While adding a privacy manifest to your app or third-party SDK target in Xcode, ensure to name the file "PrivacyInfo.xcprivacy" as it's the required filename for bundled privacy manifests. Add this file to all required targets to generate a comprehensive privacy report for the app. Xcode automatically places this file depending on the product type and the platform. The privacy manifest should be at the root of the app's bundle for iOS, iPadOS, tvOS, visionOS, or watchOS apps. 

Depending on the target, you can use different placeholders to add the PrivacyInfo.xcprivacy property list file. For detailed instructions, refer to Apple's documentation here.

Building PrivacyInfo.xcprivacy 

Let's initiate the creation process for the PrivacyInfo.xcprivacy file. At this initial stage, it's crucial to understand the supported keys that will form the foundation of the property list file. These keys, essential for structuring the dictionary within the file, delineate the fundamental aspects of data privacy and collection practices within the context of the app or third-party SDK. Embed PrivacyInfo.xcprivacy in the app or SDK with empty values if the app or SDK is not tracking any data. 

Supported Keys: 

  • Privacy Tracking Enabled (NSPrivacyTracking): A boolean value indicating whether the app or third-party SDK uses data for tracking purposes as defined in the App Tracking Transparency framework.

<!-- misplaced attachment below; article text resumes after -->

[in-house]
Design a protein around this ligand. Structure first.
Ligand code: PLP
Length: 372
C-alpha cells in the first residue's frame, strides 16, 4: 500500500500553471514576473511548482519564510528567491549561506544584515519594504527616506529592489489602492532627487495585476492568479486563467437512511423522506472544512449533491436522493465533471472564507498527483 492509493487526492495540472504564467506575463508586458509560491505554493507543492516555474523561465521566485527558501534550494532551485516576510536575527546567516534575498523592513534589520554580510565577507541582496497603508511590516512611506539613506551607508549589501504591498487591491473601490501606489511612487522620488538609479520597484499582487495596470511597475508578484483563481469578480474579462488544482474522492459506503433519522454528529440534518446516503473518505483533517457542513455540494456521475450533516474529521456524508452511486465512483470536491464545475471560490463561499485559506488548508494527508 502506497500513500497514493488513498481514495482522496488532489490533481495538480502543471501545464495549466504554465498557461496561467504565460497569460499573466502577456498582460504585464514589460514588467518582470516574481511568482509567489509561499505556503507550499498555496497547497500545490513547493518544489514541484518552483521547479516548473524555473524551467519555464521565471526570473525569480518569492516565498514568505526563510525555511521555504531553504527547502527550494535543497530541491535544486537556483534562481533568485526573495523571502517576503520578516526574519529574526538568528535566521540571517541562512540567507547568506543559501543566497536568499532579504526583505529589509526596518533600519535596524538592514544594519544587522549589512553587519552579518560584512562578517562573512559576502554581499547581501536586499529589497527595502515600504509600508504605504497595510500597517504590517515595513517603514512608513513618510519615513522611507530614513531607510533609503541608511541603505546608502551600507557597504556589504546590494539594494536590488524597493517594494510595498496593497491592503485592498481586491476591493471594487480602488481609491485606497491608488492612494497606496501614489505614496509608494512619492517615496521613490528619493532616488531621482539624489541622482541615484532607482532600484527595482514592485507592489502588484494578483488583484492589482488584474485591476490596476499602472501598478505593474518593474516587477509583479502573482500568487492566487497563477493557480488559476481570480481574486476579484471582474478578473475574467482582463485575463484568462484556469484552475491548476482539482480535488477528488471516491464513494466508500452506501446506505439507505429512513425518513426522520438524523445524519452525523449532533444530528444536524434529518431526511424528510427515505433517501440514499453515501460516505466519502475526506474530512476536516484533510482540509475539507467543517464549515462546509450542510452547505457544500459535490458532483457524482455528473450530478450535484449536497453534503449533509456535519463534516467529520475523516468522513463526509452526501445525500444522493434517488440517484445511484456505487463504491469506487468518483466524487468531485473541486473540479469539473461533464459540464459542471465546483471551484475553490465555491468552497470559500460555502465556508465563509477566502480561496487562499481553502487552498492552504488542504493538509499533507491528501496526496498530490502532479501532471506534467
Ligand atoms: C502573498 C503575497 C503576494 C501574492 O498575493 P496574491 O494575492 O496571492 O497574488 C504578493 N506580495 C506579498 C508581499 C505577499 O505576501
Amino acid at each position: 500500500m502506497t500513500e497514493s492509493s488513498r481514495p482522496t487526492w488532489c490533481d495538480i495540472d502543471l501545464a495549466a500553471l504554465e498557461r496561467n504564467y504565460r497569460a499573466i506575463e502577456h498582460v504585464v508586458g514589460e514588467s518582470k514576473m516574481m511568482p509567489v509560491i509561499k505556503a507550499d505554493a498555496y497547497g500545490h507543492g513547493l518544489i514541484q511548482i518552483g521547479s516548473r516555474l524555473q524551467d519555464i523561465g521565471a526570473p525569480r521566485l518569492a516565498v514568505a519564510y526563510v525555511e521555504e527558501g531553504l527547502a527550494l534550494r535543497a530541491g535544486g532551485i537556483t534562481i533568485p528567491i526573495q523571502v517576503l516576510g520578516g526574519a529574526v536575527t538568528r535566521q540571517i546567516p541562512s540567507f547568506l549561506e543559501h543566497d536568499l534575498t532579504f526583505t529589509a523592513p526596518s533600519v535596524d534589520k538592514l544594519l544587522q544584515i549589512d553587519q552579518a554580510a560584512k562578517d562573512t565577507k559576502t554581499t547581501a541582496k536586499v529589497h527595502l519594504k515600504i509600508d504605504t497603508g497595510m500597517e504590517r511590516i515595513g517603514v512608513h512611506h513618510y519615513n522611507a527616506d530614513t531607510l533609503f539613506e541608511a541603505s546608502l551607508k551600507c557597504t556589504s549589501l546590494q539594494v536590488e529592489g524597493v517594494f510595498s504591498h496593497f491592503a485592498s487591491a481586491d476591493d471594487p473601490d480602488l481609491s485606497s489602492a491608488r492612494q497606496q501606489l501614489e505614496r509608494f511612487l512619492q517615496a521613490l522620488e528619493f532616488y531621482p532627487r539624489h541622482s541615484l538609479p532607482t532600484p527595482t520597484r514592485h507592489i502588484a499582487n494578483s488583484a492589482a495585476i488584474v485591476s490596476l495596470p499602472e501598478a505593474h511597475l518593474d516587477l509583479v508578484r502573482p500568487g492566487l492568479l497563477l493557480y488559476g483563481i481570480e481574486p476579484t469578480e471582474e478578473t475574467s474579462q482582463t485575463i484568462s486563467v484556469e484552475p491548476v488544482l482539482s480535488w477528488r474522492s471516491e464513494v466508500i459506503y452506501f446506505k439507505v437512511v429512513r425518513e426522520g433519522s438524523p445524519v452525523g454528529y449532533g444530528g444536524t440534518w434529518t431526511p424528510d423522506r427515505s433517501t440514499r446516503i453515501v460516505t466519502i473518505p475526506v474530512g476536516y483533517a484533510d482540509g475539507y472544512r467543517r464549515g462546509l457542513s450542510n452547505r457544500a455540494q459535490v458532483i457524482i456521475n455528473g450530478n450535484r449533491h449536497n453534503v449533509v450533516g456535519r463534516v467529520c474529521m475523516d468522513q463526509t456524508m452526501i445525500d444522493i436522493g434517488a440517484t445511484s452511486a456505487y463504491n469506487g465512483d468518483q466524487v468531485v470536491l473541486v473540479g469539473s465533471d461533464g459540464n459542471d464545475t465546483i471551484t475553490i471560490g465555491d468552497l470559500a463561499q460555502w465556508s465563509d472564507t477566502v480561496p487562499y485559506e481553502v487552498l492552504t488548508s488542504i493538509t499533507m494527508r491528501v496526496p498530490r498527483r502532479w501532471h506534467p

• Privacy Tracking Domains (NSPrivacyTrackingDomains): If granted tracking permission through the App Tracking Transparency framework, set Privacy Tracking Enabled to true and provide an array of strings containing the internet domains your app or third-party SDK connects to for tracking purposes. If tracking permission is not granted, the app will receive an error and network requests to these domains will fail. 
  • Privacy Nutrition Label Types (NSPrivacyCollectedDataTypes): Within the PrivacyInfo.xcprivacy file, include an array of dictionaries outlining the data types collected by your app or third-party SDK. Each dictionary should detail specific data types along with their corresponding descriptions. Refer to the section 'Describe the data collected by the app or SDK' for guidance on the keys and values to use within these dictionaries.